The problem with which these appeals were concerned was that many Hindus have changed their religion and have become converts to Islam only for purposes of the consequences of bigamy. of escaping For instance - Jitendra Mathur was married to Meena Mathur. He and another Hindu girl embraced Islam, obviously because Muslim Law permits more than one wife and to the extent of four. But no religion permits deliberate distortions. To check the misuse, observed Mr. Justice R. M. Sahai, many Islamic countries have codified the personal law "Wherein the practice of polygamy has been either totally prohibited or severely restricted (Syria, Morocco, Iran, Tunisia, Pakistan, the Islamic Republic of the Soviet Union are some of the Muslim countries to be remembered in this context"). But ours is the secular Democratic Republic, freedom of religion is the core of our culture. Even the slightest deviation shakes the social fibre. But religious practices, violative of human rights and dignity

and sacerdotal suffocation of essentially civil and material freedoms, are not autonomy but oppressive. Therefore, a unified code is imperative both for the protection of the oppressed and promotion of national unity and solidarity. But the first step should be to rationalise the person law of the minorities to develop religious and cultural amity.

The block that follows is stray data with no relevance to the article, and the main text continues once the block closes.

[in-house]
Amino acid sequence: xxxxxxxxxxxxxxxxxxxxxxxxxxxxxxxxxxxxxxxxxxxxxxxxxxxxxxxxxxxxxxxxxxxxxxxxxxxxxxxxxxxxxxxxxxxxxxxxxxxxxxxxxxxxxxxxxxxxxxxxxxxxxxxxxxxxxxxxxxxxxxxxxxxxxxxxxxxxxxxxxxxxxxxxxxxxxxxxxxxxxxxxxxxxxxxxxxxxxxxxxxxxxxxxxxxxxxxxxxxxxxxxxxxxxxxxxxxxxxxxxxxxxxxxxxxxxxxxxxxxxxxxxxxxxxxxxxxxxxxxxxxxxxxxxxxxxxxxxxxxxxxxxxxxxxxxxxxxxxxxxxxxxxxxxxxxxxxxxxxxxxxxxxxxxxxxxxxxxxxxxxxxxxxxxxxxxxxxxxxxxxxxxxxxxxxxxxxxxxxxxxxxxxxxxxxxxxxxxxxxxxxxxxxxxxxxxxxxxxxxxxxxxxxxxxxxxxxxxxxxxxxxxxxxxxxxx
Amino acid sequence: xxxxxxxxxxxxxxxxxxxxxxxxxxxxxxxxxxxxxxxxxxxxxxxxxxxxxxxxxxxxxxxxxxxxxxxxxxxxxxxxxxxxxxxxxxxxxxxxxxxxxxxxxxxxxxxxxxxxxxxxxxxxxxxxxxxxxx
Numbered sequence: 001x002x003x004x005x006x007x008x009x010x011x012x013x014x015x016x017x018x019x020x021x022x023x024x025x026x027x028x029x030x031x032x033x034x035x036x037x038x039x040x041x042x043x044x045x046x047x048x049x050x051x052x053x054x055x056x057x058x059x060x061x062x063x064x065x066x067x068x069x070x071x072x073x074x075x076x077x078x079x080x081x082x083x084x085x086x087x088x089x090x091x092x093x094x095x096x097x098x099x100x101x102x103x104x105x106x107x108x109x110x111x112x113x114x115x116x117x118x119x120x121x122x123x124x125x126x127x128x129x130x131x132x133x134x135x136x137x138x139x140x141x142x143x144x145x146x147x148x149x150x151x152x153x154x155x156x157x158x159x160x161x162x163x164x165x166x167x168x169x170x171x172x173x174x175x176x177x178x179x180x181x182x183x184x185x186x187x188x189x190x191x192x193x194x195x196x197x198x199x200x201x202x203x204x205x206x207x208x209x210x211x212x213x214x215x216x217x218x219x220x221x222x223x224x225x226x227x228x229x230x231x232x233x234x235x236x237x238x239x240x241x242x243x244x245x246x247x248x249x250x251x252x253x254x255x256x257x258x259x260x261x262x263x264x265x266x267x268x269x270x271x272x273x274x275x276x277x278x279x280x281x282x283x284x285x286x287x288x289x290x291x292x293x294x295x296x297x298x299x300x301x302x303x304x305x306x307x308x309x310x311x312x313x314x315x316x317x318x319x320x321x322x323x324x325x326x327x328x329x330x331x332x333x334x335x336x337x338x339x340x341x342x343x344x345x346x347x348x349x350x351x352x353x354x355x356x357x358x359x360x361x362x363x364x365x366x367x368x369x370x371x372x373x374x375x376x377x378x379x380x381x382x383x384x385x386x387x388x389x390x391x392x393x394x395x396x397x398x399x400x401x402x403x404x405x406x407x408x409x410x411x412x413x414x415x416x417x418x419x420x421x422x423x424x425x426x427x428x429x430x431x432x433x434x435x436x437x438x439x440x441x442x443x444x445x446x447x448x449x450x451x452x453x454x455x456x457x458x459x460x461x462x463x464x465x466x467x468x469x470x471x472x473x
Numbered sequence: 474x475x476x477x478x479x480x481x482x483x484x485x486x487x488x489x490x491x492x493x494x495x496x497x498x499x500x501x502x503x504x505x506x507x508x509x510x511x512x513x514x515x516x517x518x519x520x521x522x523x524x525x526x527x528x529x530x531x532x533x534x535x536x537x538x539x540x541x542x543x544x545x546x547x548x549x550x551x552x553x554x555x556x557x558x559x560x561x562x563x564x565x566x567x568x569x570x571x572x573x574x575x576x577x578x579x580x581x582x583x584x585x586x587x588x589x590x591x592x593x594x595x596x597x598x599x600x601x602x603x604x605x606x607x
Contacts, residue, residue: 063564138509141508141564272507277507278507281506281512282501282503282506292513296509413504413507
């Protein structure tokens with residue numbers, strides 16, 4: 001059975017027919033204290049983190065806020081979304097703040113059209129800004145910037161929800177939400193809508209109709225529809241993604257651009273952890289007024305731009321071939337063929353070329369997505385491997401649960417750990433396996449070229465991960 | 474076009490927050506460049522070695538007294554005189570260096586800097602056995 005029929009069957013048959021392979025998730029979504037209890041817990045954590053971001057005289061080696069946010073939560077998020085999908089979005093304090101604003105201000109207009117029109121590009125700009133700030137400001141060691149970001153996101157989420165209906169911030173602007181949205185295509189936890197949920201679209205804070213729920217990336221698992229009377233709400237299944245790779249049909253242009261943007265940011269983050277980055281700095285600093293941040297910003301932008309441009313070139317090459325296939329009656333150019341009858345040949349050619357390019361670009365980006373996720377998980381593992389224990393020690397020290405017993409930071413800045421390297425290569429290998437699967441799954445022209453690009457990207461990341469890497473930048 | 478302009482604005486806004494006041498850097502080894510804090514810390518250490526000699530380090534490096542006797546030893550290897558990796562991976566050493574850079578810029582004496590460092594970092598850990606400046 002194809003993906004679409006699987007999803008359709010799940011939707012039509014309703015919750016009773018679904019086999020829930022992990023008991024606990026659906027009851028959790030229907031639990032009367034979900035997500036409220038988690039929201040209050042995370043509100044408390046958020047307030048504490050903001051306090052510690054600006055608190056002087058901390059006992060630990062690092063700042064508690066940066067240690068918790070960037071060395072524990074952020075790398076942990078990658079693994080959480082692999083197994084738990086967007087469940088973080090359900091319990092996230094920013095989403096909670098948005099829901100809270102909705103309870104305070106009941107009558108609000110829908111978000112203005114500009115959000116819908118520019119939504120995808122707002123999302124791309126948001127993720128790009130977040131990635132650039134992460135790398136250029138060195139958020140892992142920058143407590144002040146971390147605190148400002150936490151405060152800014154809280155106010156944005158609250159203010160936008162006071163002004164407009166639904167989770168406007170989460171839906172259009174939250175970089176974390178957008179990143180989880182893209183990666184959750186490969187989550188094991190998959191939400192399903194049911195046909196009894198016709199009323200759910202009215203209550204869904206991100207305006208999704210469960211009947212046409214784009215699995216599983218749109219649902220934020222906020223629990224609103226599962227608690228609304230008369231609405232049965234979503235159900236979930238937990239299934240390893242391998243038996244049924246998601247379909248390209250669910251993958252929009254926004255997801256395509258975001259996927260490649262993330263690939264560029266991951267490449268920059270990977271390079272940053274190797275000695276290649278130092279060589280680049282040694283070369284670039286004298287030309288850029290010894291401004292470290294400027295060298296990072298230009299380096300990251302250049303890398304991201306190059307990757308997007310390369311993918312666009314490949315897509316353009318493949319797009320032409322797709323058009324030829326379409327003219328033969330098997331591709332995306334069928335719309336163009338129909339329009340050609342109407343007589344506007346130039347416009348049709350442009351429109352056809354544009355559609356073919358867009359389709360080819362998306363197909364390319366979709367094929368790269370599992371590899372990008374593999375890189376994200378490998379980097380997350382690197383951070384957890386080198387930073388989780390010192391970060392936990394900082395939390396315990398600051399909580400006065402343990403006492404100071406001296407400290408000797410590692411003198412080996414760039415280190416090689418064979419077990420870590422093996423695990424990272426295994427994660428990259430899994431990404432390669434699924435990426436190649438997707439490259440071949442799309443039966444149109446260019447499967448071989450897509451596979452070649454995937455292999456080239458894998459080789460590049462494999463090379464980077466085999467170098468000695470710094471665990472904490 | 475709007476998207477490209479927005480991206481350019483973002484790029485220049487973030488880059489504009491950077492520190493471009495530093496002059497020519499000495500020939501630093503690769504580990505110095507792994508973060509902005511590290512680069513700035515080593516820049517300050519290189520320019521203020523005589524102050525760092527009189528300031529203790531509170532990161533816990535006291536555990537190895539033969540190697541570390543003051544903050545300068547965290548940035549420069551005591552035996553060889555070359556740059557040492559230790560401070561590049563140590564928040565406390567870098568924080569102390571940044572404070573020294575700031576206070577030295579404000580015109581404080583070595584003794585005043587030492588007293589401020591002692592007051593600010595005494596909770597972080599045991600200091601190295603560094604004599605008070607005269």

The Government would be well advised. Observed the learned Judge, to entrust the responsibility to the law commission which may in consultation with Minorities commission examine the matter and bring about the comprehensive legislation in keeping with modern day concent of human rights for women."Political history of India shows that during the Muslim regime, Justice was administered by the Qazis who would obvively apply the Muslim scriptural law to Muslims, but there was no similar assurance so far litigation concerning Hindus was concerned.

The system, more or less, continued during the time of the East India Company, until 1772 when Warren Hastings made Regulations for the administration of civil justice for the native population, without discrimination between Hindus and Mohamedans, The 1772 Regulations followad by the Regulations of 1781 where under it was prescribed that either community was to be governed by it's personal law in matters relating to inheritance, marriage, religious usage and institutions. So far as the criminal justice was concerned, the British gradually suppressed the Muslim Law in 1832 and Criminal Justice was governed by English common law.Finally the Indian Penal Code was enacted in 1860, and the policy continued throughout the British regime until independence and the story of India was partitioned by the British rulers into the states on the basis of religion.